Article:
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Is xy > x^2*y^2? (1) 14*x^2 = 3 (2) y^2 = 1

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Is xy > x^2*y^2? (1) 14*x^2 = 3 (2) y^2 = 1 [#permalink] New post 24 Nov 2009, 20:56
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Is xy > x^2*y^2?

(1) 14*x^2 = 3
(2) y^2 = 1
[Reveal] Spoiler: OA

Last edited by Bunuel on 16 Feb 2012, 21:37, edited 1 time in total.
Edited the question and added the OA
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Re: xy > x2y2? [#permalink] New post 24 Nov 2009, 21:33
E

both statements dont reference both X and Y

and statement 2 leaves Y with both positive and negative values thus it can be greater or less. (also the square of X is less than X but that doesnt matter if the products can be positive or negative)
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Re: xy > x2y2? [#permalink] New post 26 Nov 2009, 00:21
Let's consider both statements together

xy could be positive or negative;

if xy<0, clearly xy \leq x^2y^2, no calculations are needed. Inequality in question stem is false

If xy>0, than y=1; x=sqrt{3/14} or y=-1; x=-sqrt{3/14}. once more no need to calculate this, just note that xy<1. In this case (xy)^2<xy<1

[strike]So, in both cases xy<x^2y^2[/strike]

Last edited by shalva on 27 Nov 2009, 04:10, edited 1 time in total.
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Re: xy > x2y2? [#permalink] New post 26 Nov 2009, 19:43
shalva wrote:
Let's consider both statements together

xy could be positive or negative;

if xy<0, clearly xy \leq x^2y^2, no calculations are needed. Inequality in question stem is false

If xy>0, than y=1; x=sqrt{3/14} or y=-1; x=-sqrt{3/14}. once more no need to calculate this, just note that xy<1. In this case (xy)^2<xy<1

So, in both cases xy<x^2y^2

(C)

I don't get this, in the blue part, you mentioned that (xy)^2<xy, then your conclusion (the red part) was in both cases xy<x^2y^2.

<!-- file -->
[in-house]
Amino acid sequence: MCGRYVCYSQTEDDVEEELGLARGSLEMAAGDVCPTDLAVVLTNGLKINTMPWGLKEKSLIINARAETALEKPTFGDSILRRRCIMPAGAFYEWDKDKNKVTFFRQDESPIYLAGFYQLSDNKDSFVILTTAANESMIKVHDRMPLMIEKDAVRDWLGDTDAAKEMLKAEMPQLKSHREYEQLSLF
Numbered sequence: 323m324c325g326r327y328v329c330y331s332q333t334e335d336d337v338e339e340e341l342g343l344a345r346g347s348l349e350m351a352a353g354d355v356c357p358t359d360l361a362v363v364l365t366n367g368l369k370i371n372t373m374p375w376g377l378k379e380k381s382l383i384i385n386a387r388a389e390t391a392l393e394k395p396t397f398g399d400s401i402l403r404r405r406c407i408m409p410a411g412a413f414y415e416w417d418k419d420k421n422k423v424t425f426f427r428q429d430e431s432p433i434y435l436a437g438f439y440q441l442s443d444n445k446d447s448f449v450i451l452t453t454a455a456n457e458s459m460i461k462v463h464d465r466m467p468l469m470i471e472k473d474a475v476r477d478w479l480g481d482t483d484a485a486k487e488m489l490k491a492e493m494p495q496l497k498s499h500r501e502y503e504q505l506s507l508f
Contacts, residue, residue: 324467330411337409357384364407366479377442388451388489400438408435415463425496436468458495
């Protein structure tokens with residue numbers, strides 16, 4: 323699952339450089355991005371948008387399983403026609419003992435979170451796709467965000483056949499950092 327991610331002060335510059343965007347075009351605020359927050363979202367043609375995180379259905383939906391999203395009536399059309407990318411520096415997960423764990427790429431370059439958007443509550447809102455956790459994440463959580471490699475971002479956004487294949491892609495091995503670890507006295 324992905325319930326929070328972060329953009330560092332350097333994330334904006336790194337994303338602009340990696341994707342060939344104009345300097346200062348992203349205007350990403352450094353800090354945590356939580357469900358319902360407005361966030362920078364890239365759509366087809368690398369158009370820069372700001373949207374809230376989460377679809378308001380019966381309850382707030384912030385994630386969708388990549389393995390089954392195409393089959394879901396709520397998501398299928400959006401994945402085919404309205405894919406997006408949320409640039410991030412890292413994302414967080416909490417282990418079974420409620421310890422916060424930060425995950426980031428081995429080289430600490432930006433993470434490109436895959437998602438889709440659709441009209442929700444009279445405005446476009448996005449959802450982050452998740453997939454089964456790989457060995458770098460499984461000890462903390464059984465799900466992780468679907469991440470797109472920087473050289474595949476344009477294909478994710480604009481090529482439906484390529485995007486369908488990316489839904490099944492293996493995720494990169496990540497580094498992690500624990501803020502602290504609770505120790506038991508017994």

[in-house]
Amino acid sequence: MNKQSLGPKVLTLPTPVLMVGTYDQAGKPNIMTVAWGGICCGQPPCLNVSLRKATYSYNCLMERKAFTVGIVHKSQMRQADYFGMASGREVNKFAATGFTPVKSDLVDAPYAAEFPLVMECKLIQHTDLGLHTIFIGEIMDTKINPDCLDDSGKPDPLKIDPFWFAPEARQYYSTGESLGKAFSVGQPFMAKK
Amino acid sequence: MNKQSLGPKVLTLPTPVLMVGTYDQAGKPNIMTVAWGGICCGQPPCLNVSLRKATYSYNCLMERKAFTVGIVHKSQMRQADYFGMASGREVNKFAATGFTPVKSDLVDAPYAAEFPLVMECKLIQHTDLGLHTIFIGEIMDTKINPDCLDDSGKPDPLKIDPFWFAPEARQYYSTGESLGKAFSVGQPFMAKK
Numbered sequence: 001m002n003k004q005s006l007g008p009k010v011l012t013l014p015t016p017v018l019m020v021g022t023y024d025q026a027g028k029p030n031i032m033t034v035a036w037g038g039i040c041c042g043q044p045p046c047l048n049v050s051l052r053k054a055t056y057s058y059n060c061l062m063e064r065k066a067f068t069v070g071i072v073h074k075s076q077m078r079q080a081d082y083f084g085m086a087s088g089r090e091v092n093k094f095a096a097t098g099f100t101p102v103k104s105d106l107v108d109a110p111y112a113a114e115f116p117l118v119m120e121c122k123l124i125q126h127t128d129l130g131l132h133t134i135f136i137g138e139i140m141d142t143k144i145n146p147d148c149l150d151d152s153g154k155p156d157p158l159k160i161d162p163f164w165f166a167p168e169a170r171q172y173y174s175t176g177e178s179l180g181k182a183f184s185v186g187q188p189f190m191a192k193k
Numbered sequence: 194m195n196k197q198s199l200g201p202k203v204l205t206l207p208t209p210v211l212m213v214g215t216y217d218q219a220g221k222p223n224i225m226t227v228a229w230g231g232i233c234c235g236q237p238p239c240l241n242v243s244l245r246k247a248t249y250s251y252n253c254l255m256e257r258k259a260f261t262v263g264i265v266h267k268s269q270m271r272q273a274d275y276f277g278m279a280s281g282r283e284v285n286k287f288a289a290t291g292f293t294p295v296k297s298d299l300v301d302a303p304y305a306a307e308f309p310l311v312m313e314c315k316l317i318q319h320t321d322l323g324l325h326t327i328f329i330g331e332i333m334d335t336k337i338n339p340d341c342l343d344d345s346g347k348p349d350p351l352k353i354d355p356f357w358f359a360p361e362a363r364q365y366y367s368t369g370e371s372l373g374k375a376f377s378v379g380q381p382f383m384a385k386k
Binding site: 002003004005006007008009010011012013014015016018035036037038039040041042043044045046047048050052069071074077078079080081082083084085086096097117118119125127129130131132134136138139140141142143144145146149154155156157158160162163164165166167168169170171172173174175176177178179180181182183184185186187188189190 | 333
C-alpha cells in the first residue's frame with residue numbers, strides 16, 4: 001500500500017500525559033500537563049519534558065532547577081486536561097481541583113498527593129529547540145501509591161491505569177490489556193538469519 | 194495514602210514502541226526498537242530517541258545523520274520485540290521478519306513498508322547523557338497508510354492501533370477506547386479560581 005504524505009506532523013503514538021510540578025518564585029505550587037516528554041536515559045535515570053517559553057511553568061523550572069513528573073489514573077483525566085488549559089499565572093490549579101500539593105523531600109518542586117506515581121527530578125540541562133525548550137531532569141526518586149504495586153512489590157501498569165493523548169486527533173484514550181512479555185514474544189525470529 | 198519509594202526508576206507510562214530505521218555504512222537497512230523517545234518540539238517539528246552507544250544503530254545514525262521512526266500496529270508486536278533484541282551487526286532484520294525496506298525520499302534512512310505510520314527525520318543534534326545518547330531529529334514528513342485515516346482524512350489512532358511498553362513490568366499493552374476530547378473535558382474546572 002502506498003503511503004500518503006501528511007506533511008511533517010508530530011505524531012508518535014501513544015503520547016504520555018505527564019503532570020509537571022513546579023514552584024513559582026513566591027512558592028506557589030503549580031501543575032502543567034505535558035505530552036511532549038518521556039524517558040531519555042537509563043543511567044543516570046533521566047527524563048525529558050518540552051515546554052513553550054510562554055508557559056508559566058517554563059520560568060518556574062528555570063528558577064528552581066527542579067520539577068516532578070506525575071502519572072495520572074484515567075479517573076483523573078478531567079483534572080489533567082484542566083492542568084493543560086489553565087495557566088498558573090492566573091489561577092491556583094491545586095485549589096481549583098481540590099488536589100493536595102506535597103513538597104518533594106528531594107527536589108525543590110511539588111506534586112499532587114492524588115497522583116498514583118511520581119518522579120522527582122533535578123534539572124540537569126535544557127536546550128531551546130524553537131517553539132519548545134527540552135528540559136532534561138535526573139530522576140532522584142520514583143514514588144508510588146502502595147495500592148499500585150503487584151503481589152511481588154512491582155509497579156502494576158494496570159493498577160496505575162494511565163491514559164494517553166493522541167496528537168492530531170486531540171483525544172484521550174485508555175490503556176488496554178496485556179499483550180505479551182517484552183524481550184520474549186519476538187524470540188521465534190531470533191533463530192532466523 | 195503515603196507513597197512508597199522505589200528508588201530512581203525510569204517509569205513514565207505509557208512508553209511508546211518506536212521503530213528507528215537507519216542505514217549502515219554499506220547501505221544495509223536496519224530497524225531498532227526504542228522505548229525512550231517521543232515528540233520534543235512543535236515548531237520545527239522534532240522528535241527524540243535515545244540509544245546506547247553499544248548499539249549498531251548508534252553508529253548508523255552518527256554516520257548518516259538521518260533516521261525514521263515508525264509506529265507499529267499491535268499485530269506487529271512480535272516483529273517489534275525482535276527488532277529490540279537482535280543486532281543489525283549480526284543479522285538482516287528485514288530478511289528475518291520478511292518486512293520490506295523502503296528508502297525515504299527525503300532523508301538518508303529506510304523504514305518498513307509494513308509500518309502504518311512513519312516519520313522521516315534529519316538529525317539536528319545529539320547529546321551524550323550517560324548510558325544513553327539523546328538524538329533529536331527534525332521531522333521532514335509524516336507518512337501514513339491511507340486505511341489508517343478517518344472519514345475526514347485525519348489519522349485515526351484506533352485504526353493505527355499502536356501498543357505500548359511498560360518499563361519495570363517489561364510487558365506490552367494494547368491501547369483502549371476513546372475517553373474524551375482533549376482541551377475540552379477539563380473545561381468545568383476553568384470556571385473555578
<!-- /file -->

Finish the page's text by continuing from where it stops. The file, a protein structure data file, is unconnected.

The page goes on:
Anyway, IMO, E is the answer because (xy)^2 = 3/14.
If xy<0, clearly that xy<(xy)^2.
If xy>0, because (xy)^2 =3/14 <1 => xy>(xy)^2.

Hence E.
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Re: xy > x2y2? [#permalink] New post 27 Nov 2009, 04:11
fall2009 wrote:
I don't get this, in the blue part, you mentioned that (xy)^2<xy, then your conclusion (the red part) was in both cases xy<x^2y^2.

Anyway, IMO, E is the answer because (xy)^2 = 3/14.
If xy<0, clearly that xy<(xy)^2.
If xy>0, because (xy)^2 =3/14 <1 => xy>(xy)^2.

Hence E.



You're absolutely right :oops: In one case xy<x^2y^2, in other - xy>x^2y^2
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Re: Is xy > x2y2? (1) 14x2 = 3 (2) y2 = 1 [#permalink] New post 16 Feb 2012, 19:42
if as follows:
xy - x^2*y^2 > 0
xy(1- xy) > 0
so, xy>0
or, x>0 or, y>0
and 1-xy > 0
xy<1
Thus no statements are sufficient.
Ans. E

What are wrongs with this approach?
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Re: Is xy > x2y2? (1) 14x2 = 3 (2) y2 = 1 [#permalink] New post 16 Feb 2012, 21:44
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Baten80 wrote:
if as follows:
xy - x^2*y^2 > 0
xy(1- xy) > 0
so, xy>0
or, x>0 or, y>0
and 1-xy > 0
xy<1
Thus no statements are sufficient.
Ans. E

What are wrongs with this approach?


Is xy > x^2*y^2?

Is xy>x^2*y^2? --> is 0<xy<1? (the same way as a>a^2 means 0<a<1)

(1) 14*x^2 = 3. Clearly insufficient, since no info about y.
(2) y^2 = 1. Clearly insufficient, since no info about x.

(1)+(2) If x and y have the same sign then xy=\sqrt{\frac{3}{14}} and the answer will be YES but if x and y have the opposite signs then xy=-\sqrt{\frac{3}{14}} and the answer will be NO. Not sufficient.

Answer: E.
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Re: Is xy > x^2*y^2? (1) 14*x^2 = 3 (2) y^2 = 1 [#permalink] New post 23 Feb 2014, 05:02
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Re: Is xy > x^2*y^2? (1) 14*x^2 = 3 (2) y^2 = 1   [#permalink] 23 Feb 2014, 05:02
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